A16z leads $4M seed round for Web 3 Recurring payments Startup

The new startup in crypto is called Loop is trying to make Web 3’s payment rails – especially those underpinning newsletters, employee payments and other recurring transactions – a little less anger-inducing for their crypto-paying customers.

According to Eleni Steinman, CEO of the company, $4 million was raised in seed funding by Andresseen Horowitz. A former strategist at bloXroute Labs, she’s been building Loop in stealth with co-founder Shane van Coller, also an alum of the meme pool-focused company.

Steinman claimed that recurring payments are a problem in Web 3’s wallet. They have left bloxRoute. Spotify allows customers to set up their credit card to automatically pay the monthly fee. However, in crypto, he would need to remember 12 times per year to sign the outbound transaction.

It’s a pain point a bevy of upstart crypto firms have tried to soothe over the years, including MeanFi, Diagonal and Superfluid. Loop is currently focused on Ethereum.

Steinman stated that recurring payments become more complicated when multisig wallets and decentralized autonomous organisations (DAOs) are added to the mix. Users must approve all outbound transactions each time they pay crypto wallets.

“You can imagine: DAOs trying to pay employees – that’s a recurring payment. Paying back a loan or giving a donation – these are all tasks that are annoying enough when you have one single signer, but when you have a multisig, I mean, that is the worst headache in the world.”

Loop transfers the responsibility of paying users to an automated smart agreement. It will automatically withdraw the specified amount of crypto from users’ wallets once they have given their permission. This saves them the hassle of resigning transactions every month for a $20 newsletter subscription.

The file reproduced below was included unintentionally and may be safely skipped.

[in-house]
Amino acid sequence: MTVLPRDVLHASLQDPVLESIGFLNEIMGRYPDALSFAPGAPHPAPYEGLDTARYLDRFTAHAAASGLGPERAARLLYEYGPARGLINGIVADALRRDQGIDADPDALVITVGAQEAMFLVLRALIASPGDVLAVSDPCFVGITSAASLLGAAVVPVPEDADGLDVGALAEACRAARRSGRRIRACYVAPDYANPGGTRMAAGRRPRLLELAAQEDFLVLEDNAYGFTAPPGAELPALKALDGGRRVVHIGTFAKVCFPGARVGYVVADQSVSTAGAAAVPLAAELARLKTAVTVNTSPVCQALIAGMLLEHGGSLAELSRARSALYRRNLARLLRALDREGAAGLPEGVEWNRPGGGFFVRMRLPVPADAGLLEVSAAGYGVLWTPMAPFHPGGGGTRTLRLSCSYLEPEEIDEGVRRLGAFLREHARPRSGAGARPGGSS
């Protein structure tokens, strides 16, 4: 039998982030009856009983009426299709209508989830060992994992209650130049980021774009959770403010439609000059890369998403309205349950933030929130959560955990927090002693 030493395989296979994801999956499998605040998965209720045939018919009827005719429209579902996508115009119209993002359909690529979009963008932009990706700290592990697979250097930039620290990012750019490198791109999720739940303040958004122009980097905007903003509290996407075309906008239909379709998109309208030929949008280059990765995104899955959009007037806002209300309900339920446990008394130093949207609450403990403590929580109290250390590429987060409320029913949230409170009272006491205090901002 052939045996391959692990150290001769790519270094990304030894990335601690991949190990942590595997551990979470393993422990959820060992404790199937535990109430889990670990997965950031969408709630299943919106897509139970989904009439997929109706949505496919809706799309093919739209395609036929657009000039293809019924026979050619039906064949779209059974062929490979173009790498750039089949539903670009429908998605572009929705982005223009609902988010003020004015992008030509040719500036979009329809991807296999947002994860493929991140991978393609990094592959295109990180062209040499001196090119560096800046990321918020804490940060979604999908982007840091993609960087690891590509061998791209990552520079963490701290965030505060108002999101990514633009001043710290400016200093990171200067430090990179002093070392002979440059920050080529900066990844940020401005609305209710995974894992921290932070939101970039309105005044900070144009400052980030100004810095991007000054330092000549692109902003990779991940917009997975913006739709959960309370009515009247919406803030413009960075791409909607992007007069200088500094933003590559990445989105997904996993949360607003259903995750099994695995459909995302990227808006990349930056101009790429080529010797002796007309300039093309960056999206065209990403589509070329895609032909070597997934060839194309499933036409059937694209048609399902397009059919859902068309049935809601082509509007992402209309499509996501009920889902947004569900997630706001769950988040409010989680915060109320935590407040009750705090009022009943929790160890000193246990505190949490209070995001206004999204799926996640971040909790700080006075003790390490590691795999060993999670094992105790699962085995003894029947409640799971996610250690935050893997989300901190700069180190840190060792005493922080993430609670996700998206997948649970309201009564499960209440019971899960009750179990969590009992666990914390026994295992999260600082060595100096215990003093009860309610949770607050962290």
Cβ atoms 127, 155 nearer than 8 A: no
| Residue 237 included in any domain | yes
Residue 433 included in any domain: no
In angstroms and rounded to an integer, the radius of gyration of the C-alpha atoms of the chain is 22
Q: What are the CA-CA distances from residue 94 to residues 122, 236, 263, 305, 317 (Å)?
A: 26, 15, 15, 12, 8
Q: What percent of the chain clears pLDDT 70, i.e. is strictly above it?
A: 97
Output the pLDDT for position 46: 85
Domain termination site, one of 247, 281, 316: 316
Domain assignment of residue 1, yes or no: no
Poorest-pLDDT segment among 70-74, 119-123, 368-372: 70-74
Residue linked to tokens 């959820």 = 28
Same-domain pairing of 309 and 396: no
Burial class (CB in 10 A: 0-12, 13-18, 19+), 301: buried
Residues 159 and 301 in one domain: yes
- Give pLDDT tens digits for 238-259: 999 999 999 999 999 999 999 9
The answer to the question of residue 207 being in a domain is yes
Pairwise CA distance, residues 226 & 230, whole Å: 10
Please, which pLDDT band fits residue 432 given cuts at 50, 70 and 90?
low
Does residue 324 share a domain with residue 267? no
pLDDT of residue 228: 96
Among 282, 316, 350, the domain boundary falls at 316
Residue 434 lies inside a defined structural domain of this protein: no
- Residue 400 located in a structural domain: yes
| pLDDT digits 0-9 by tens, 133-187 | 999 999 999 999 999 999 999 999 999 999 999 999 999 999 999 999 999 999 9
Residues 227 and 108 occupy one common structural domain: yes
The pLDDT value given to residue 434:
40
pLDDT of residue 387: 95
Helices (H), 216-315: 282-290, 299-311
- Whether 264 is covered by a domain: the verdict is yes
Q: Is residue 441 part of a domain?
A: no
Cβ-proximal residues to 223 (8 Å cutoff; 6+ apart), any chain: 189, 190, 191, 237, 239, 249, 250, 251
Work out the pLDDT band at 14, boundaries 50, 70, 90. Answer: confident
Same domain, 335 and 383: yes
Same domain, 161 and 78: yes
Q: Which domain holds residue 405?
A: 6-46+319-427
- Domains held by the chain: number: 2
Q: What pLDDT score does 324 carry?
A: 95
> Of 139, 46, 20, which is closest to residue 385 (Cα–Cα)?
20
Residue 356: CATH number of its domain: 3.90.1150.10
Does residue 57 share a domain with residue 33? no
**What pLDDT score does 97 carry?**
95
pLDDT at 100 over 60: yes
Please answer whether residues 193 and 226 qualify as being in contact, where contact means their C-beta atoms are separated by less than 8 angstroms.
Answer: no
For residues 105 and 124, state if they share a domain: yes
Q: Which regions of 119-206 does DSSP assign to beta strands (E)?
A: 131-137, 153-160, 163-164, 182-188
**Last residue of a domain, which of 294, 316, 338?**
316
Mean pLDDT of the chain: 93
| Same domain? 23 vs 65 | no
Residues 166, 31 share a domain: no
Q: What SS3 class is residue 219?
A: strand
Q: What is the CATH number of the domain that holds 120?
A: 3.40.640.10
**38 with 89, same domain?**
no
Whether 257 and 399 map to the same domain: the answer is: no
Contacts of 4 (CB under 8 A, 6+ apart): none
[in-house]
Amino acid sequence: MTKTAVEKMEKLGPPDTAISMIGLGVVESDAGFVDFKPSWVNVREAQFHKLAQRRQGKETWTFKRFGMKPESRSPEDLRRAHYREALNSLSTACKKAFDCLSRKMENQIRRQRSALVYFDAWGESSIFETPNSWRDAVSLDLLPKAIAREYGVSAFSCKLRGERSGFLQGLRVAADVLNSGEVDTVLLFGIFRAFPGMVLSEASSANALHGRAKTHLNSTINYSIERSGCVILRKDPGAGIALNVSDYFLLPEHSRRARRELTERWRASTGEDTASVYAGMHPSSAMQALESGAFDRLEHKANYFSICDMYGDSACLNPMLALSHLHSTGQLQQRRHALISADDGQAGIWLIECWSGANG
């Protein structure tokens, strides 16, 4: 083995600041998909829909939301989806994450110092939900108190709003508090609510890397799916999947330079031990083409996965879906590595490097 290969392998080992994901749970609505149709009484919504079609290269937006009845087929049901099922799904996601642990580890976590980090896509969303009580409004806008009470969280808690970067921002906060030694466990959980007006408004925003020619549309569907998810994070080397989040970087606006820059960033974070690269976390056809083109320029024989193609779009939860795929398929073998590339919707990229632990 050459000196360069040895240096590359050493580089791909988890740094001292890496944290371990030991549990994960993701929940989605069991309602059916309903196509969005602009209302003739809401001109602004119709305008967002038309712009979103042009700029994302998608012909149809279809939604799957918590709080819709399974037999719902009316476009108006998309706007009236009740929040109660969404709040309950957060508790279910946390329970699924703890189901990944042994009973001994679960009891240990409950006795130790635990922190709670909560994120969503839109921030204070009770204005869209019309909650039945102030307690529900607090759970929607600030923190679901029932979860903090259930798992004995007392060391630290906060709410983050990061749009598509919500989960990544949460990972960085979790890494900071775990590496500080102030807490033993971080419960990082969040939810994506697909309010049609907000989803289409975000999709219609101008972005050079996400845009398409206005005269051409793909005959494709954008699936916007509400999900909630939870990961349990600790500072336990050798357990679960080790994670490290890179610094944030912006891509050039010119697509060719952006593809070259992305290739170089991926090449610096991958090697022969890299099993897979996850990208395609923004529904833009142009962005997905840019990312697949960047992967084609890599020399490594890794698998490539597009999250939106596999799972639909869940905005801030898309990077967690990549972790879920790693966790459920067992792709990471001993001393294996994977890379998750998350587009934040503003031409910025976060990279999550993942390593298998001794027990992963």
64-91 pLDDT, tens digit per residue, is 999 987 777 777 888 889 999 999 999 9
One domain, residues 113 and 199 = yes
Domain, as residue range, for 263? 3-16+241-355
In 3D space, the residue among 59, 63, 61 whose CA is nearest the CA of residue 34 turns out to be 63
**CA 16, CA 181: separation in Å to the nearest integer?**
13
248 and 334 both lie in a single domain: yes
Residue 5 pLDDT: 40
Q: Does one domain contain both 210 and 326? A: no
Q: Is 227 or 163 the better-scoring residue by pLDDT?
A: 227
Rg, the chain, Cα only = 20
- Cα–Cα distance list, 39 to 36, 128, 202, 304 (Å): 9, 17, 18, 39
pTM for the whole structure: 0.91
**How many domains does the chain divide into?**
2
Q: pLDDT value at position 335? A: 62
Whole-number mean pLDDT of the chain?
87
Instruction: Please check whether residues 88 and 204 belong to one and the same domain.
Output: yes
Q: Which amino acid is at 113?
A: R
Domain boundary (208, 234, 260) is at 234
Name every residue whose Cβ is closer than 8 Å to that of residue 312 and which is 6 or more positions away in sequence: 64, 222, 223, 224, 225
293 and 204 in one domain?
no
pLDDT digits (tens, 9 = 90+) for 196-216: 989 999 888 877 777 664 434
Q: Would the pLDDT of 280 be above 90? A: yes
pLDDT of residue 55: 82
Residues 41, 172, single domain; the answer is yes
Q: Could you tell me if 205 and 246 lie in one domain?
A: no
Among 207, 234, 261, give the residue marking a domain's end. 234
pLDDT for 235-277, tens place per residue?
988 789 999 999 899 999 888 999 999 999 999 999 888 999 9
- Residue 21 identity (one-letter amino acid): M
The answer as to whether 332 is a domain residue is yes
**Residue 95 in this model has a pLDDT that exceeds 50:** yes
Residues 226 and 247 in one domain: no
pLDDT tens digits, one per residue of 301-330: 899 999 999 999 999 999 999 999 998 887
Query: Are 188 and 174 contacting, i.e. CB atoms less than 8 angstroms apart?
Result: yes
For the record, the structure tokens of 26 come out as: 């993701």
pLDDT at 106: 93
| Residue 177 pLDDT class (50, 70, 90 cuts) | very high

“So you can tell the contract, ‘Hey, you can take 500 USDC every four weeks.’ And then what the keepers do is they call the function that then goes to the end user’s wallet and withdraws the funds. But you can only call a function if it’s a valid withdrawal if the four weeks have passed.”

Security hawks might be concerned about such an arrangement, especially considering the era of multi-million-dollar crypto hacks. But Steinman said Loop’s smart contracts will hold up against exploitation. Only the counterparty company can withdraw user payments from Loop’s smart contracts, she said. And they’re hard-coded without “infinite allowance functions” that might otherwise drain wallets dry.

“No matter what, the contract can never take more from you than that amount,” she said.


“Alpha customers” are testing Loop’s systems – called “templates” – internally ahead of a public launch targeted for June, Steinman said.

Not that the subscription-paying public will notice what Steinman hopes to be Loop’s seamless integration with “Pay with crypto” checkout buttons across the web. “You probably don’t know you’re using us,” she said – that’s by design.

Loop “hasn’t yet committed to a token,” Steinman said, but offering one could help the company decentralize the governance behind its tooling. Steinman stated that this would be in line with the spirit decentralization.

A_capital, Alchemy Ventures, CoinList and angel investors including Lauren Stephanian, Pantera’s Paul Veradittakit, Imran Khan and Nansen’s Alex Svanevik participated in the round, a press release said. According to Steinman, Loop was incubated by Archetype.

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